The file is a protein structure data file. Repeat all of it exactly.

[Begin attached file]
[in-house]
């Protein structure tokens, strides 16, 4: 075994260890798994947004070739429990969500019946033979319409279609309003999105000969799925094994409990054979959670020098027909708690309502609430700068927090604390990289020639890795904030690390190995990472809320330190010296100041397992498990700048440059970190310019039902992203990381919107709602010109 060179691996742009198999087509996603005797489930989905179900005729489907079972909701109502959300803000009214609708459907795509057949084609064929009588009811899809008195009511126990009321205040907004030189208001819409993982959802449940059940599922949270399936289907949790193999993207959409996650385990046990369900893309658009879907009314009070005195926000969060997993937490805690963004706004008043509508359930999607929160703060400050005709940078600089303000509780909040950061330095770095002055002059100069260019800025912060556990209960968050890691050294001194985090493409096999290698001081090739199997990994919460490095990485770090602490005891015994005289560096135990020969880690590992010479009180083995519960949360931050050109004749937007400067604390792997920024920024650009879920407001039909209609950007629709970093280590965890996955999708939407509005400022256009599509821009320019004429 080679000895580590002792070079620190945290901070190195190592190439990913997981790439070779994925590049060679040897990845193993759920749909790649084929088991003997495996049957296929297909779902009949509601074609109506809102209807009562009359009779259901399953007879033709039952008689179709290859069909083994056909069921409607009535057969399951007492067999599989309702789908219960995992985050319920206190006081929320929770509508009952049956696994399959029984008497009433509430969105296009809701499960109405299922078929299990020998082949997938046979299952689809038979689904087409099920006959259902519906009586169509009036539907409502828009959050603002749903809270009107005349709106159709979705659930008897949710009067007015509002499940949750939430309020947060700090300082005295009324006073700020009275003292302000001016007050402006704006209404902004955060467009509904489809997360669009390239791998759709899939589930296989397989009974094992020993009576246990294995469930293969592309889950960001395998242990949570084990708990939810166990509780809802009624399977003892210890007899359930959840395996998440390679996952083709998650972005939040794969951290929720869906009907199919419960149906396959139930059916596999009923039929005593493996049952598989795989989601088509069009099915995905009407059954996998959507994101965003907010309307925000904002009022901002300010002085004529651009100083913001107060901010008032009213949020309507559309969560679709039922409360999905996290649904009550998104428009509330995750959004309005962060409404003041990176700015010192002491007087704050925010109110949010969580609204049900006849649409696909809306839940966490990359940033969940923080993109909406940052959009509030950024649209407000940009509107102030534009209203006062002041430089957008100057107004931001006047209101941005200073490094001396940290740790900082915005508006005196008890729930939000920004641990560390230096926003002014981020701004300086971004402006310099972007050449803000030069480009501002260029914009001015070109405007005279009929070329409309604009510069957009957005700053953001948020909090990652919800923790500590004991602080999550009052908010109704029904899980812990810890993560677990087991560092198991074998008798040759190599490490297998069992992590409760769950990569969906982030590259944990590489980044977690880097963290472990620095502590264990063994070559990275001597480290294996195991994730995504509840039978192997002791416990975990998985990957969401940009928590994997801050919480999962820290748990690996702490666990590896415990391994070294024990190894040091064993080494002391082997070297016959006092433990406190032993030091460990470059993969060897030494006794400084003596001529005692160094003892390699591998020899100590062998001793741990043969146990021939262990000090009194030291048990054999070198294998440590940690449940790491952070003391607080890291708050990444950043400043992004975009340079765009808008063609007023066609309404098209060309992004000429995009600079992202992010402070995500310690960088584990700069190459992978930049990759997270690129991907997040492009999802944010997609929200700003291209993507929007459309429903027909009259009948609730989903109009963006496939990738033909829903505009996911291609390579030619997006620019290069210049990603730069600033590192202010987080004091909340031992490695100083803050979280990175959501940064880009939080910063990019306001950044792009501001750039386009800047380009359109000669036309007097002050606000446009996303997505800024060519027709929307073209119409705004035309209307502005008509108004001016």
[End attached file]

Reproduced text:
[in-house]
């Protein structure tokens, strides 16, 4: 075994260890798994947004070739429990969500019946033979319409279609309003999105000969799925094994409990054979959670020098027909708690309502609430700068927090604390990289020639890795904030690390190995990472809320330190010296100041397992498990700048440059970190310019039902992203990381919107709602010109 060179691996742009198999087509996603005797489930989905179900005729489907079972909701109502959300803000009214609708459907795509057949084609064929009588009811899809008195009511126990009321205040907004030189208001819409993982959802449940059940599922949270399936289907949790193999993207959409996650385990046990369900893309658009879907009314009070005195926000969060997993937490805690963004706004008043509508359930999607929160703060400050005709940078600089303000509780909040950061330095770095002055002059100069260019800025912060556990209960968050890691050294001194985090493409096999290698001081090739199997990994919460490095990485770090602490005891015994005289560096135990020969880690590992010479009180083995519960949360931050050109004749937007400067604390792997920024920024650009879920407001039909209609950007629709970093280590965890996955999708939407509005400022256009599509821009320019004429 080679000895580590002792070079620190945290901070190195190592190439990913997981790439070779994925590049060679040897990845193993759920749909790649084929088991003997495996049957296929297909779902009949509601074609109506809102209807009562009359009779259901399953007879033709039952008689179709290859069909083994056909069921409607009535057969399951007492067999599989309702789908219960995992985050319920206190006081929320929770509508009952049956696994399959029984008497009433509430969105296009809701499960109405299922078929299990020998082949997938046979299952689809038979689904087409099920006959259902519906009586169509009036539907409502828009959050603002749903809270009107005349709106159709979705659930008897949710009067007015509002499940949750939430309020947060700090300082005295009324006073700020009275003292302000001016007050402006704006209404902004955060467009509904489809997360669009390239791998759709899939589930296989397989009974094992020993009576246990294995469930293969592309889950960001395998242990949570084990708990939810166990509780809802009624399977003892210890007899359930959840395996998440390679996952083709998650972005939040794969951290929720869906009907199919419960149906396959139930059916596999009923039929005593493996049952598989795989989601088509069009099915995905009407059954996998959507994101965003907010309307925000904002009022901002300010002085004529651009100083913001107060901010008032009213949020309507559309969560679709039922409360999905996290649904009550998104428009509330995750959004309005962060409404003041990176700015010192002491007087704050925010109110949010969580609204049900006849649409696909809306839940966490990359940033969940923080993109909406940052959009509030950024649209407000940009509107102030534009209203006062002041430089957008100057107004931001006047209101941005200073490094001396940290740790900082915005508006005196008890729930939000920004641990560390230096926003002014981020701004300086971004402006310099972007050449803000030069480009501002260029914009001015070109405007005279009929070329409309604009510069957009957005700053953001948020909090990652919800923790500590004991602080999550009052908010109704029904899980812990810890993560677990087991560092198991074998008798040759190599490490297998069992992590409760769950990569969906982030590259944990590489980044977690880097963290472990620095502590264990063994070559990275001597480290294996195991994730995504509840039978192997002791416990975990998985990957969401940009928590994997801050919480999962820290748990690996702490666990590896415990391994070294024990190894040091064993080494002391082997070297016959006092433990406190032993030091460990470059993969060897030494006794400084003596001529005692160094003892390699591998020899100590062998001793741990043969146990021939262990000090009194030291048990054999070198294998440590940690449940790491952070003391607080890291708050990444950043400043992004975009340079765009808008063609007023066609309404098209060309992004000429995009600079992202992010402070995500310690960088584990700069190459992978930049990759997270690129991907997040492009999802944010997609929200700003291209993507929007459309429903027909009259009948609730989903109009963006496939990738033909829903505009996911291609390579030619997006620019290069210049990603730069600033590192202010987080004091909340031992490695100083803050979280990175959501940064880009939080910063990019306001950044792009501001750039386009800047380009359109000669036309007097002050606000446009996303997505800024060519027709929307073209119409705004035309209307502005008509108004001016």